Thanks to Japanese researchers, we have further evidence indicating how salt intake influences our health status. Diabetics must refrain from adding more salt to their food, because the substance could increase the risk of heart related problems. The news comes after just a couple of months ago, researchers found a link between animal proteins and type 2 diabetes. Cardiovascular problems for diabetics could be exacerbated by a poor blood sugar control.
Type 2 diabetes occurs when patients start to develop resistance to the insulin hormone and the natural hormone cannot fulfill its sugar regulating role anymore. Diabetes is quite common among the general population, with more than 29 million Americans suffering from one form of the disease. More than 89 million Americans have high blood sugar levels, which might lead to development of diabetes, according to Live Science. The death rate among diabetics is 1.7 times higher than for non-diabetics.
Researchers from University of Niigata, Japan, published the results of a study on how salt influences diabetes on July 22 in the Journal of Clinical Endocrinology & Metabolism. Chika Horikawa and her colleagues performed a study with 1600 respondents aged 40 to 70. The subjects responded to a national survey about their diets. The study was based on self-reported data, so the results should be taken with a grain of salt.
Poor blood level control might exacerbate cardiovascular problems for diabetics
The lowest average of daily sodium intake was 2.800 milligrams per day, which is higher than medically recommended. The U.S. nutritional guidelines suggest a daily intake of no more than 1.500 milligrams of sodium for diabetics and 2.300 milligrams for non-diabetics. Americans consume an average of 3300 milligrams per day, the Centers for Disease Control and Prevention informs, according to Live Science.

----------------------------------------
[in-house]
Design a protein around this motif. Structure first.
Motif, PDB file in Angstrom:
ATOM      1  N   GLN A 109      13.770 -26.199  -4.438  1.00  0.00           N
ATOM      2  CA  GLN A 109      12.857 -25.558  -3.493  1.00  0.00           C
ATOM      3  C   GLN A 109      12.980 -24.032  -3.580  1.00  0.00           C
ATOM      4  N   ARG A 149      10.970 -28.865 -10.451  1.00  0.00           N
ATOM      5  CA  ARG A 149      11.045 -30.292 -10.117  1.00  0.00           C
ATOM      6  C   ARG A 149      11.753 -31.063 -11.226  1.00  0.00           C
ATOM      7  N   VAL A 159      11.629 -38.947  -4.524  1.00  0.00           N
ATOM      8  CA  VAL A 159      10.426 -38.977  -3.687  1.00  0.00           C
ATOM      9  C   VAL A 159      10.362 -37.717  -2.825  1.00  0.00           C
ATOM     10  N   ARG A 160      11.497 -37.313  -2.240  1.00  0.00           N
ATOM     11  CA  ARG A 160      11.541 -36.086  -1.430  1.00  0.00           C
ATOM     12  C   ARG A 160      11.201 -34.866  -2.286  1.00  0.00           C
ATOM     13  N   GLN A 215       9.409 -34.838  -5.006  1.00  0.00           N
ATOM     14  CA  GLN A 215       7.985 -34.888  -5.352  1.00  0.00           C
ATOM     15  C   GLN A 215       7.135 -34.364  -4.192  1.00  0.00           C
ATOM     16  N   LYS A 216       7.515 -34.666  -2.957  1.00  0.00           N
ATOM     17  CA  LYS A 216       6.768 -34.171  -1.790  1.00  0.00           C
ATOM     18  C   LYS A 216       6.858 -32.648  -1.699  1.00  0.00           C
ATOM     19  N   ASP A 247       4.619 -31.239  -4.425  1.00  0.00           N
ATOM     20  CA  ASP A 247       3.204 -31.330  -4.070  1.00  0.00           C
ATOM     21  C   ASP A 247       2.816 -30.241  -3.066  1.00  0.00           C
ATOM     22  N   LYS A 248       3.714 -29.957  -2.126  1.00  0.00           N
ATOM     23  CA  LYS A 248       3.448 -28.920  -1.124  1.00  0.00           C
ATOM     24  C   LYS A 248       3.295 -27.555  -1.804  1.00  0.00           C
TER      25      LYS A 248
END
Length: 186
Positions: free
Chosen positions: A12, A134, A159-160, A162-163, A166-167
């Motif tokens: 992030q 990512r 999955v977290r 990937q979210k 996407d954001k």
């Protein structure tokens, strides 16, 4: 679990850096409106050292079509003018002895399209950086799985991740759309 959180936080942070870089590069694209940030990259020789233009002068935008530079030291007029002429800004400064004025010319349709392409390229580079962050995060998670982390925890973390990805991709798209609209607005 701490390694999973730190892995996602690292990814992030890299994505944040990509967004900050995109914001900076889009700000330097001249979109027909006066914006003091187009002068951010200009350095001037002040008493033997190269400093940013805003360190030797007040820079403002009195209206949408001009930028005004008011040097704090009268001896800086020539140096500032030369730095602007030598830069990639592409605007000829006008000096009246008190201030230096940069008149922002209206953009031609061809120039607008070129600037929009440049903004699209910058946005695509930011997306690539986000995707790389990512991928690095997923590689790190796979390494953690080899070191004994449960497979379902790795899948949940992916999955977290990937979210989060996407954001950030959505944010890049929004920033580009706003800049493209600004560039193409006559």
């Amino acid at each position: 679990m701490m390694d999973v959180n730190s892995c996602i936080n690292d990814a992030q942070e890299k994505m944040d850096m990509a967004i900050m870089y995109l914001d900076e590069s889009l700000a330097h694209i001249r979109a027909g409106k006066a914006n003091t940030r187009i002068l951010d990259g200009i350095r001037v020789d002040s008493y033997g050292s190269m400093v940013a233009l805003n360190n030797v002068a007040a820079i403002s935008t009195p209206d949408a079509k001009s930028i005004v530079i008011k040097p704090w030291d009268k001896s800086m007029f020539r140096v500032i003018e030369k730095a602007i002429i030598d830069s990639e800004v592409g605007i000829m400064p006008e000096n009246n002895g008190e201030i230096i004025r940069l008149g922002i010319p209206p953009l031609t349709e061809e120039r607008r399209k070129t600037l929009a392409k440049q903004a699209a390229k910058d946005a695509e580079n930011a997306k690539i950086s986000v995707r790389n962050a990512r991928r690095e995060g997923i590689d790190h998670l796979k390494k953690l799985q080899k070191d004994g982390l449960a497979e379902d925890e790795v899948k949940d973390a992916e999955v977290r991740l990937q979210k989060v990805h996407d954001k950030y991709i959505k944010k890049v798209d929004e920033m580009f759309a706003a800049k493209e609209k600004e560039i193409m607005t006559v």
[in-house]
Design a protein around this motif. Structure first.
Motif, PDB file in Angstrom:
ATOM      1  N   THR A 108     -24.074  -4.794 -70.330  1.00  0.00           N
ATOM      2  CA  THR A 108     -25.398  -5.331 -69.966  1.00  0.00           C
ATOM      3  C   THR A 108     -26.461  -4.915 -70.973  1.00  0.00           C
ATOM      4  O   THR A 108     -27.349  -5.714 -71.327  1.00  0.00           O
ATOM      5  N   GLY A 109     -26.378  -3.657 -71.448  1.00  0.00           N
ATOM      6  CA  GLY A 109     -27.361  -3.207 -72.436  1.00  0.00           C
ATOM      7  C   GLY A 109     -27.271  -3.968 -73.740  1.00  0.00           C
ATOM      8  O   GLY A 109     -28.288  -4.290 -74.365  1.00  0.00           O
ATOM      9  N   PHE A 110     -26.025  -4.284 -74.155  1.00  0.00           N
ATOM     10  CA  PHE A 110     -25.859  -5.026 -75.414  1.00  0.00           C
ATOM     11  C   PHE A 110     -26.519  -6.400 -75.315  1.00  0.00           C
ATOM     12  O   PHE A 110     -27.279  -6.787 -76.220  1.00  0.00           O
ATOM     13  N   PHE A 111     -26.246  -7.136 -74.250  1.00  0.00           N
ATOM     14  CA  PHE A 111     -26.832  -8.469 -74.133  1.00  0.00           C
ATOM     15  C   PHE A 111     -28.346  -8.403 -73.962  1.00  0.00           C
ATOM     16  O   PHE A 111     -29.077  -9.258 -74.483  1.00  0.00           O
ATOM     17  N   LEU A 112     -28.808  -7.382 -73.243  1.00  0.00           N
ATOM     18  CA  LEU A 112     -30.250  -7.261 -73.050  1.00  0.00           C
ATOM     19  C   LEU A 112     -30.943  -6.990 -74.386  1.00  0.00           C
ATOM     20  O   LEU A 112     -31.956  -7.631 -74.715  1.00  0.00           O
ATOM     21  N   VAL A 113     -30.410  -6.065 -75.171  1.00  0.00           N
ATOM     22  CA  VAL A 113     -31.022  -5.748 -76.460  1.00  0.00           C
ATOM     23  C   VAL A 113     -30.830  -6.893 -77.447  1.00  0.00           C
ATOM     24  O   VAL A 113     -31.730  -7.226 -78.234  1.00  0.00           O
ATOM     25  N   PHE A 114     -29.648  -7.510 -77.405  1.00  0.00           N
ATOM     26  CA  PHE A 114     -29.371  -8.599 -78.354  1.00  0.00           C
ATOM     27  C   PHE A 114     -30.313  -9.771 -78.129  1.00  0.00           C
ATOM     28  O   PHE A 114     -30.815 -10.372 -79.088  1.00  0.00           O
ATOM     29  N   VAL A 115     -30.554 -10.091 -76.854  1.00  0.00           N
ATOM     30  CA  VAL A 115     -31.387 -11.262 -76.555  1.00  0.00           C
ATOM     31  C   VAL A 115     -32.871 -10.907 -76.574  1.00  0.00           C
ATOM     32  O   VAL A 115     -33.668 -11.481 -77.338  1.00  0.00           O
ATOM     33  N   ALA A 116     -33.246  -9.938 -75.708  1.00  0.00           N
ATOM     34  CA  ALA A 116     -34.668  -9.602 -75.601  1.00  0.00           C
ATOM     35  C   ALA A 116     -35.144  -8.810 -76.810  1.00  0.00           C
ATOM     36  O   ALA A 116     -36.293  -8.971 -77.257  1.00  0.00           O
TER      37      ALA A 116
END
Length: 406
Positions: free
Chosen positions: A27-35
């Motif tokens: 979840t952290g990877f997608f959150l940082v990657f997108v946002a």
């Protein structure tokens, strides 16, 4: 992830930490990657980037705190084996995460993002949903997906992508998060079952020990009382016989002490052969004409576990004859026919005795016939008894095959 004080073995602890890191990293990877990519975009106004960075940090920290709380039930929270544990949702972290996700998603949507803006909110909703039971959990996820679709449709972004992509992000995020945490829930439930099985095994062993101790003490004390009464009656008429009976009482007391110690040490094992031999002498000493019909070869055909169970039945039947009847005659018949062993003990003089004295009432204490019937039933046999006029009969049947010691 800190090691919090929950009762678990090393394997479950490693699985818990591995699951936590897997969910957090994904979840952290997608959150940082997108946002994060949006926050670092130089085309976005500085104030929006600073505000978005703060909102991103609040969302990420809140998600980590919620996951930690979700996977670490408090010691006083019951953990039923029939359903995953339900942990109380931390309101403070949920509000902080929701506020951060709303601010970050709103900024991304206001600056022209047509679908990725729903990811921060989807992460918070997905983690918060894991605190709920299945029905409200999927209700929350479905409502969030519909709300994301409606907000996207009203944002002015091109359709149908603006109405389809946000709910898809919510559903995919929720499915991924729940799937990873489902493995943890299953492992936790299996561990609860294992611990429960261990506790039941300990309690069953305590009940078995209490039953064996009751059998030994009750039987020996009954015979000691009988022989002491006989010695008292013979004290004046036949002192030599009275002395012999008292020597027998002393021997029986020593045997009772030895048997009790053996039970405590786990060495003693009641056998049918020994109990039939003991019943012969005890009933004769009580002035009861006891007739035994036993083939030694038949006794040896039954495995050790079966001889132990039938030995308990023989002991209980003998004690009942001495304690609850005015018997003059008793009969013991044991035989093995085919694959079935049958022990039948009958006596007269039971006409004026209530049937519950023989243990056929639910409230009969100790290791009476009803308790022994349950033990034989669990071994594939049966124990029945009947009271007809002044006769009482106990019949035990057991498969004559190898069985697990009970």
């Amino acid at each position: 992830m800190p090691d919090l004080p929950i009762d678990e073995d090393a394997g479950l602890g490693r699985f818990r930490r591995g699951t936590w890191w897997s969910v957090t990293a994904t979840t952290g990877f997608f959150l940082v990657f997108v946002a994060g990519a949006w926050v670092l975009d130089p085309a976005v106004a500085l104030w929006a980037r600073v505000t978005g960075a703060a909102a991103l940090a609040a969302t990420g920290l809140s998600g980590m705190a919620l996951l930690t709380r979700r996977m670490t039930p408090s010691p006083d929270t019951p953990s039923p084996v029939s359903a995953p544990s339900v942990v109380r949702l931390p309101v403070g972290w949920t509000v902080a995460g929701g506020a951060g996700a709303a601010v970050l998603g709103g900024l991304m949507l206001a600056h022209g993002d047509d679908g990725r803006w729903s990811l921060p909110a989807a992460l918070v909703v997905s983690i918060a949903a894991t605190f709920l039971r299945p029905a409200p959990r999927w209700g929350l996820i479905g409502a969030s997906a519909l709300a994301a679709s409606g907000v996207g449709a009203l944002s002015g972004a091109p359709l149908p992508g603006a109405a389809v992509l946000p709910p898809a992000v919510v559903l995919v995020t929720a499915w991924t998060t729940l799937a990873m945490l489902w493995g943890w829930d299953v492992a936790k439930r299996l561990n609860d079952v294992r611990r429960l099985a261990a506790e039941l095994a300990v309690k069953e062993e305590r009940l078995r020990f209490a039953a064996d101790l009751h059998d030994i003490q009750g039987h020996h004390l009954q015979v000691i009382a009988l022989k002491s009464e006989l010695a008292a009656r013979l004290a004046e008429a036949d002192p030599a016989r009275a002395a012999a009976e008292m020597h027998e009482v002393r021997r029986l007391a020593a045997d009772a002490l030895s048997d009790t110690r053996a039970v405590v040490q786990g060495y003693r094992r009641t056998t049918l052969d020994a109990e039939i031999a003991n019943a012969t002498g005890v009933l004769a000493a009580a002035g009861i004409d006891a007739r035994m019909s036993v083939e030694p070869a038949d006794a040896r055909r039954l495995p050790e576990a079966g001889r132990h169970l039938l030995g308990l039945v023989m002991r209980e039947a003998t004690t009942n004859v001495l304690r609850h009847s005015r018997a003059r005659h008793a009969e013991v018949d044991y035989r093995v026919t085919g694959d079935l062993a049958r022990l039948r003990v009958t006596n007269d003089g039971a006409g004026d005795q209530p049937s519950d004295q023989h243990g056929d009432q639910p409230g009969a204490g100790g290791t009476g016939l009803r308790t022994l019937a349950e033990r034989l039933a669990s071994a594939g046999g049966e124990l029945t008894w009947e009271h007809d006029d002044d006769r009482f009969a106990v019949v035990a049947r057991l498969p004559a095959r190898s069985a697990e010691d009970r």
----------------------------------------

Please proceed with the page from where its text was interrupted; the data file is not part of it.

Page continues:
After comparing the sodium intake and the respondents’ medical records from the last 8 years, the Japanese researchers found no links between salt intake and kidney diseases, eye problems and death among diabetics. But they noticed how respondents consuming an average of 5.9 milligrams of salt per day doubled their risks of developing a heart disease, compared with others who had salt intake of just 2.9 milligrams. Moreover, the diabetics who did not properly control their blood sugar levels faced even greater risks of developing a cardiovascular disease.
We should note that the study found links between sodium intake and development of cardiovascular disease. Further investigation must clear if indeed salt is a direct contributor to health problems. Nevertheless, keep in mind that doctors advise us to closely control the sodium intake and keep it to a minimum, if no other medical condition interferes. A study on the role of sodium intake and cardiovascular problems for diabetics in the U.S. is highly needed, as Americans are avid sodium consumers.